Back to school food

Tuesday 26th August, 2008

kids nutritionNext week sees the kids going back to school and one of the best ways to help your child do well in the new school year is to make sure their brain’s nutritional needs are met.

The right kinds of ‘brain food’ will improve their brain function, memory and levels of concentration. The brain is the first organ to absorb the nutrients from food so if you’re feeding your child processed foods then the brain is going to suffer.

Here’s a list of the top ten foods to feed your kids so you can set them up for a successful academic year:

1. Salmon

Salmon is a great source of omega-3 fatty acids which aid brain growth and function. People who eat plenty of fatty acids have sharper minds and perform better in mental tests.

Try salmon sandwiches for the kids rather than tuna and serve on whole-grain bread (another good brain food) with low-fat mayonnaise, celery and carrots.

2. Eggs

Eggs contain lots of protein but also within the yolks is ‘choline’ – good for developing memory.

Instead of giving your child money to grab a McDonald’s McMuffin in the morning, fry up an egg and put it on a toasted English muffin with some low-fat cheese – tasty and economical. And for dinner, how about scrambled eggs on whole-grain toast.

3. Peanut Butter

Peanut butter is great source of vitamin E which is a antioxidant that protects the nervous membranes. Peanuts also contain ‘thiamin’ which aids the brain in converting glucose for energy.

So, you can make up some peanut butter sandwiches or perhaps try sprinkling a salad with some peanuts or dipping apple slices in peanut butter.

4. Whole Grains

Whole grains have plenty of glucose which is an important requirement for the brain. Fibre in whole-grain regulates glucose release and there’s also high levels of vitamin B for nourishment of the nervous system.

Whole grain cereals for breakfast (as long as whole grain is the ingredient that is first listed on the packaging), and whole-grain bread when making up sandwiches. If they’re getting bored of sandwiches, try whole-grain tortilla wraps for their lunchbox. You could also give kids a portion of couscous with their evening meal and low-fat popcorn as a treat.

5. Oats/Oatmeal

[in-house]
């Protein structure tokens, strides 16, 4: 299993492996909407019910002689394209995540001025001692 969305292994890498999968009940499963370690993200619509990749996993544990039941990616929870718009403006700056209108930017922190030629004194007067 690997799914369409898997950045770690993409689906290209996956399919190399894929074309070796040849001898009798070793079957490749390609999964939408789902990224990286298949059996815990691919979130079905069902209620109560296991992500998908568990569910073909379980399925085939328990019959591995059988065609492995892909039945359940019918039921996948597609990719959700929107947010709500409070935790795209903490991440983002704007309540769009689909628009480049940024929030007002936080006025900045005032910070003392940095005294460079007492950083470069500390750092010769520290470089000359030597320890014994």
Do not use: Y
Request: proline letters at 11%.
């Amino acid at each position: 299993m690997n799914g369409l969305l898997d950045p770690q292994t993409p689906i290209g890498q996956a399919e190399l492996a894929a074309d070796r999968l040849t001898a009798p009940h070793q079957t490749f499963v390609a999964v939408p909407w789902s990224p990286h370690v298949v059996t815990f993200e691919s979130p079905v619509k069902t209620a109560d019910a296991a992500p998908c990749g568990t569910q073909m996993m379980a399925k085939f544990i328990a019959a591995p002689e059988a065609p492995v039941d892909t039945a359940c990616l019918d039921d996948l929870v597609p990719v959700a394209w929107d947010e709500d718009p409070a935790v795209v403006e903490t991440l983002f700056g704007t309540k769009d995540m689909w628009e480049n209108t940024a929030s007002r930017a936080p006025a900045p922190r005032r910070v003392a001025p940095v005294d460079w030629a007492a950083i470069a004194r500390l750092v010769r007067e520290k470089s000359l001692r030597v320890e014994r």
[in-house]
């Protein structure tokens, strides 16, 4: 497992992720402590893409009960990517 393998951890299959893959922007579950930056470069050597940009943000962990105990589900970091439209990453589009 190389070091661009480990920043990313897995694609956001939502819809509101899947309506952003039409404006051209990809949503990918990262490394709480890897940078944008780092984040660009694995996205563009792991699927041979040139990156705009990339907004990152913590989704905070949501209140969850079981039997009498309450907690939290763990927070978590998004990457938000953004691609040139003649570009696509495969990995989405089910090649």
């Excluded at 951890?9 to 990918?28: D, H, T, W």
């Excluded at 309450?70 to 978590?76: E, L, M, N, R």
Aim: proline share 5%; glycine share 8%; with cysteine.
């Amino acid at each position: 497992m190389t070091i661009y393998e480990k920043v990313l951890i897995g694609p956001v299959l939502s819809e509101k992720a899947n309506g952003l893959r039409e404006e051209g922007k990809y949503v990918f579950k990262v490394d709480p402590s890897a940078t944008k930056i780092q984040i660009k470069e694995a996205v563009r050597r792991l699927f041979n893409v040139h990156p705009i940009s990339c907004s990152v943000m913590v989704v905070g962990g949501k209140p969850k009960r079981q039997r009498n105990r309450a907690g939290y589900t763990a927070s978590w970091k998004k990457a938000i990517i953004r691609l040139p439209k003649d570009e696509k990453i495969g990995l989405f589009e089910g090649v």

The new school year means that winter is just around the corner so what better start to the day than a hot bowl of porridge. Porridge oats are great for energy that will give the brain a boost first thing in the morning.

Oats have plenty of fibre and are a good source of vitamin E, B, zinc and potassium which will keep the brain running on full capacity all day.

Loaded with fiber, oats keep a child’s brain fed all morning at school. Oats also are good sources of vitamin E, B-vitamins, potassium and zinc — which make our bodies and brains function at full capacity.

So, porridge for breakfast perhaps with some honey, apple or banana. Oats also work well in smoothies, pancakes and waffles. Granola bars make a good mid-day snack.

6. Berries

Berries are a great brain super-food and have high levels of antioxidants and vitamin C. Berry seeds are a good source of omega-3s and blueberry and strawberry extracts have been found to improve memory function.

Berries are great in salads or on cereals in the morning. You could also add them to yoghurts.

7. Beans

Good brain food provides energy from protein, fibre and carbohydrates and also provides plenty of minerals and vitamins. Beans provide all those things to keep your child’s energy and concentration at peak performance.

Try adding kidney beans to salads or mashing vegetarian beans on pita bread along with some salad and low-fat cheese. For dinner, throw in some beans when making spag bol or chilli.

8. Colourful Vegetables

Veg that is deep in colour will be the best source of antioxidants that maintain brain strength and health. Eat tomatoes, carrots, spinach and pumpkin. Use sweet potatoes to make fries or wedges and use vegetable oil. Baby tomatoes, spinach salads and carrot sticks are great in lunch boxes.

9. Milk & Yoghurt

We all know calcium is essential for healthy bones but it’s also good for healthy brain tissue. Dairy products are loaded with protein and B-vitamins and milk and yoghurt contain both carbs and protein which is a good energy source for the brain.

Low-fat milk on cereal plus calcium/vitamin-D fortified juices are great ways to meet your child’s nutritional needs which can be 10 times more than an adults. Cheese sticks, low-fat yoghurts work well in lunchboxes.

10. Lean meat (or vegetarian alternative)

Iron in our food is a mineral that helps with energy and concentration. Lean beef is a great source of iron as well as zinc which boosts the memory.

Vegetarians needn’t miss out either, soy burgers and black bean are perfect meat-free options to meet your iron needs. Spinach also contains plenty of iron.

How about beef and veg kebabs as an evening meal or veggie burgers and a spinach side-salad.

Try these different foods and give your kids the best possible start to the new school year.



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